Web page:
Anxiety may be defined as a very uncomfortable feeling of nervousness, irritability or foreboding about the future. At times, it is attached to a particular event, situation or person. At other times, there is no obvious cause for it. This is called free-floating anxiety.
Panic attacks, also called anxiety attacks, are sudden drastic increases in anxiety to the point where one may have trouble breathing, muscles tighten, the pulse rate increases, one may collapse, or even urinate or defecate without control.
Anxiety and panic attacks are among the most common symptoms in doctor’s offices. However, I find they are almost always easy to stop or at least reduce significantly using Nutritional Balancing science. Drugs are almost never needed, even in severe cases. This article discusses some causes for anxiety and panic attacks that few people know about, and the correction of these sometimes very debilitating symptoms.
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Biochemical imbalances. These are extremely important, but not known by most medical and psychological professionals. The reasons for this, in my view, are that this approach to mental health is not taught in universities. Also, the medical and psychological professions rarely use hair mineral testing, which allows one to see the imbalances found in people with anxiety. The next section of this article discusses these imbalances.
Improper ways of thinking. The brain functions much like a computer. If the thoughts and feelings that go in are mainly negative, the brain will process this and often will draw fearful and anxious conclusions. For this reason, a cause of anxiety and panic attacks is dwelling on fear, foreboding, negative self-images, horror, grief or despair. Other negative thinking habits include always second-guessing yourself, always questioning your motives, and/or doubting yourself continuously. Others are not listening carefully or not learning well, so that you acquire wrong information that leads to poor-quality decisions. In turn, this causes more trouble and problems Counselling, reading certain books, support groups, meditation and relaxation are methods that can help to change the way you use your mind.
Improper diet and/or lifestyle. This is a major cause of anxiety and panic feelings in some people. How to correct this problem is discussed later in this article.
Stress. The effects of stress on the body are well known. Any stressful situation tends to cause a fight-or-flight reaction in the body with activation of the sympathetic nervous system. This tends to increase the heart rate and the blood pressure, increase the blood sugar level, and has other effects that can all contribute to feelings of anxiety. Improving the diet and overall health will help anyone handle much more stress without anxiety. This is one reason why some people handle stress much better than others.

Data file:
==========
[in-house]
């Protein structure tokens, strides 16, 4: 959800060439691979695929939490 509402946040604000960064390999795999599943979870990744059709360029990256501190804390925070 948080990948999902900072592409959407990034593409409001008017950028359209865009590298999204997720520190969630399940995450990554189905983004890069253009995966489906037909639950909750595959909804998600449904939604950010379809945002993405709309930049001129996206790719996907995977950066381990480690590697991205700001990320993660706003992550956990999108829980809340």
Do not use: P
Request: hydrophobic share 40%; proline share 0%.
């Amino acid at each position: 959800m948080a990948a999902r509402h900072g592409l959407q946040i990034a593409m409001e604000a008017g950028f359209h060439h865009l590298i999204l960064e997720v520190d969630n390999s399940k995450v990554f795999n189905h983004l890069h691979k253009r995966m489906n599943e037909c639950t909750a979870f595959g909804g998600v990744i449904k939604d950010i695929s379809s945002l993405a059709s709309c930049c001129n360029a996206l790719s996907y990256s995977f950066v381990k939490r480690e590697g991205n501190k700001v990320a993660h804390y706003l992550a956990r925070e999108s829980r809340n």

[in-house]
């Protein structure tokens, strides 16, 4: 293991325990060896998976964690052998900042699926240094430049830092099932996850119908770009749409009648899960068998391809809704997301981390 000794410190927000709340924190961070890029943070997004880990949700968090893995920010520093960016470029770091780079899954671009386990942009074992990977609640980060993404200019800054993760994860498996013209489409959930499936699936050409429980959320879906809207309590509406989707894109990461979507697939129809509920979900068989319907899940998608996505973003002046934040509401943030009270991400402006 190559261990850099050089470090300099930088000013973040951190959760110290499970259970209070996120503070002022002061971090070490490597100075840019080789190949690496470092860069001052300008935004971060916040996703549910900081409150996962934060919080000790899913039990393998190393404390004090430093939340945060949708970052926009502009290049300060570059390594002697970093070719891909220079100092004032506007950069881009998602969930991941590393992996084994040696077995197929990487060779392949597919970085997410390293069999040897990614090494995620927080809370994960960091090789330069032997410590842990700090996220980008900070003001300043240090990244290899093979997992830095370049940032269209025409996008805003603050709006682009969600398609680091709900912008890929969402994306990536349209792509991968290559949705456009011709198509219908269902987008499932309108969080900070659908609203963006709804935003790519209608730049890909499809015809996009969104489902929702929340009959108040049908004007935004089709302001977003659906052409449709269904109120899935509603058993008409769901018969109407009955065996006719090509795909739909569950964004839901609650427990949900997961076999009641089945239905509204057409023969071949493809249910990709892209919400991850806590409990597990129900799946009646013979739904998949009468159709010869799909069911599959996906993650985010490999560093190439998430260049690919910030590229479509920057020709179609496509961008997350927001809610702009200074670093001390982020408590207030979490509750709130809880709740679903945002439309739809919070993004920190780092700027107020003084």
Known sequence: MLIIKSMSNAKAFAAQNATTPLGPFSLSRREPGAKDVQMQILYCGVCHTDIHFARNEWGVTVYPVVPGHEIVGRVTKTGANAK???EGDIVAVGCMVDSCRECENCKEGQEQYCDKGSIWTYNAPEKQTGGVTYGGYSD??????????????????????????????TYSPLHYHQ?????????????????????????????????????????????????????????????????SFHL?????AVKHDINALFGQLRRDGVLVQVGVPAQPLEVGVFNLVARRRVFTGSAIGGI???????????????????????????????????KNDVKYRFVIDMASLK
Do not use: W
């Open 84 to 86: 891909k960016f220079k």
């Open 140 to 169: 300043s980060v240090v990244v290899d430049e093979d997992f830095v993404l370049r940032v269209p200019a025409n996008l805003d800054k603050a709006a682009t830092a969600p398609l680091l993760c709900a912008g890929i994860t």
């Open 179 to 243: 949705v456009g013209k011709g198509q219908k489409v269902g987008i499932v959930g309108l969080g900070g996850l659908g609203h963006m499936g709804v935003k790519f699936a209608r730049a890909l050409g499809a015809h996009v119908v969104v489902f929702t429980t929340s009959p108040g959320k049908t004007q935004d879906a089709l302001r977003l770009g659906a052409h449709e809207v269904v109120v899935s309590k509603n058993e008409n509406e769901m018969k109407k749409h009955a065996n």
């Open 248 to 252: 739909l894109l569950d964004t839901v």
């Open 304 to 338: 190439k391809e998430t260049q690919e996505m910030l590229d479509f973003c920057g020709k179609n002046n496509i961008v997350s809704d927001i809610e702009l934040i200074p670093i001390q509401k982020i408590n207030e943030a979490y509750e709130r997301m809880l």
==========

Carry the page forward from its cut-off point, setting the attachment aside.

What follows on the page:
Others. At times, chiropractic misalignments, electromagnetic stress from overusing cell phones or computers, or other factors can cause anxiety and panic attacks.
Fatigue and adrenal burnout. Fatigue alone will cause anxiety. The feeling arises because the body does not have the energy to cope with stress. This is a common, and often overlooked, cause of anxiety. If fatigue alone is the cause, a few night’s of great sleep will solve it. If one has adrenal exhaustion or “burnout” (so called because vital minerals are literally gone or burned out of the body), then a more intense Nutritional Balancing programme is required to correct it. The anxious and panicky feelings disappear as one is able to handle stress of all kinds.
An alarm stage of stress. This is a state of the body’s autonomic nervous system in which the body is constantly geared up in preparation to fight or run away. It is like being in “emergency” mode all of the time. The nervous system is hypersensitive, and reacts to the smallest stimulation, often over-reacting and causing anxiety and possibly a panic attack.
In terms of body chemistry, the tissue calcium and magnesium levels decrease, as does zinc. Calcium, magnesium, and zinc are called “the sedative minerals”. With lower levels of these three minerals in the tissues, the body becomes very prone to feelings of anxiety.
Some people live this way much of the time. It may be due to chronic or acute stress, or due to nutritional deficiencies, or an improper diet or lifestyle. Regardless of the reason, this state of body chemistry strongly predisposes one to feelings of anxiety and to panic attacks.
A very sluggish metabolic rate. This would seem to be the opposite of the condition above. However, it is also anxiety-producing, often in the extreme. Reasons this occurs include: